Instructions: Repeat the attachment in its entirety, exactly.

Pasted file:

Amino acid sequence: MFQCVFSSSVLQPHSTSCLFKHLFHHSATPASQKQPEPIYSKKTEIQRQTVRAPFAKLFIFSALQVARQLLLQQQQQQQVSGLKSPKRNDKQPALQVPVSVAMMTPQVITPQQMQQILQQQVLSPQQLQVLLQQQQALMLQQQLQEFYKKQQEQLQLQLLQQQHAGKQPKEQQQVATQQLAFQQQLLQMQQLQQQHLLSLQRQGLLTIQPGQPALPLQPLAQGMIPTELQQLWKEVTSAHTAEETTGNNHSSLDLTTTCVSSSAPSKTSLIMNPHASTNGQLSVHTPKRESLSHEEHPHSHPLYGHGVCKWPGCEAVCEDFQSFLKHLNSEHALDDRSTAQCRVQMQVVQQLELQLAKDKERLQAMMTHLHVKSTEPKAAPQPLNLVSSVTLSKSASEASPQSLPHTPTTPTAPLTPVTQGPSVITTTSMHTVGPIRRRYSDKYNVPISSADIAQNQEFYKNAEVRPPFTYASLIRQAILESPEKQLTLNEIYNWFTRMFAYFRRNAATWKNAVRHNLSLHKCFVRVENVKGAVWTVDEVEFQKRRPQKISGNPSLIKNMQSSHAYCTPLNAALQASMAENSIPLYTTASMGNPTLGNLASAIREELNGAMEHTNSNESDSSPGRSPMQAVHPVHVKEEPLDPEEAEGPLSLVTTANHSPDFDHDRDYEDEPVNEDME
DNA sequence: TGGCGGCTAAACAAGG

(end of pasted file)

Amino acid sequence: MFQCVFSSSVLQPHSTSCLFKHLFHHSATPASQKQPEPIYSKKTEIQRQTVRAPFAKLFIFSALQVARQLLLQQQQQQQVSGLKSPKRNDKQPALQVPVSVAMMTPQVITPQQMQQILQQQVLSPQQLQVLLQQQQALMLQQQLQEFYKKQQEQLQLQLLQQQHAGKQPKEQQQVATQQLAFQQQLLQMQQLQQQHLLSLQRQGLLTIQPGQPALPLQPLAQGMIPTELQQLWKEVTSAHTAEETTGNNHSSLDLTTTCVSSSAPSKTSLIMNPHASTNGQLSVHTPKRESLSHEEHPHSHPLYGHGVCKWPGCEAVCEDFQSFLKHLNSEHALDDRSTAQCRVQMQVVQQLELQLAKDKERLQAMMTHLHVKSTEPKAAPQPLNLVSSVTLSKSASEASPQSLPHTPTTPTAPLTPVTQGPSVITTTSMHTVGPIRRRYSDKYNVPISSADIAQNQEFYKNAEVRPPFTYASLIRQAILESPEKQLTLNEIYNWFTRMFAYFRRNAATWKNAVRHNLSLHKCFVRVENVKGAVWTVDEVEFQKRRPQKISGNPSLIKNMQSSHAYCTPLNAALQASMAENSIPLYTTASMGNPTLGNLASAIREELNGAMEHTNSNESDSSPGRSPMQAVHPVHVKEEPLDPEEAEGPLSLVTTANHSPDFDHDRDYEDEPVNEDME
DNA sequence: TGGCGGCTAAACAAGG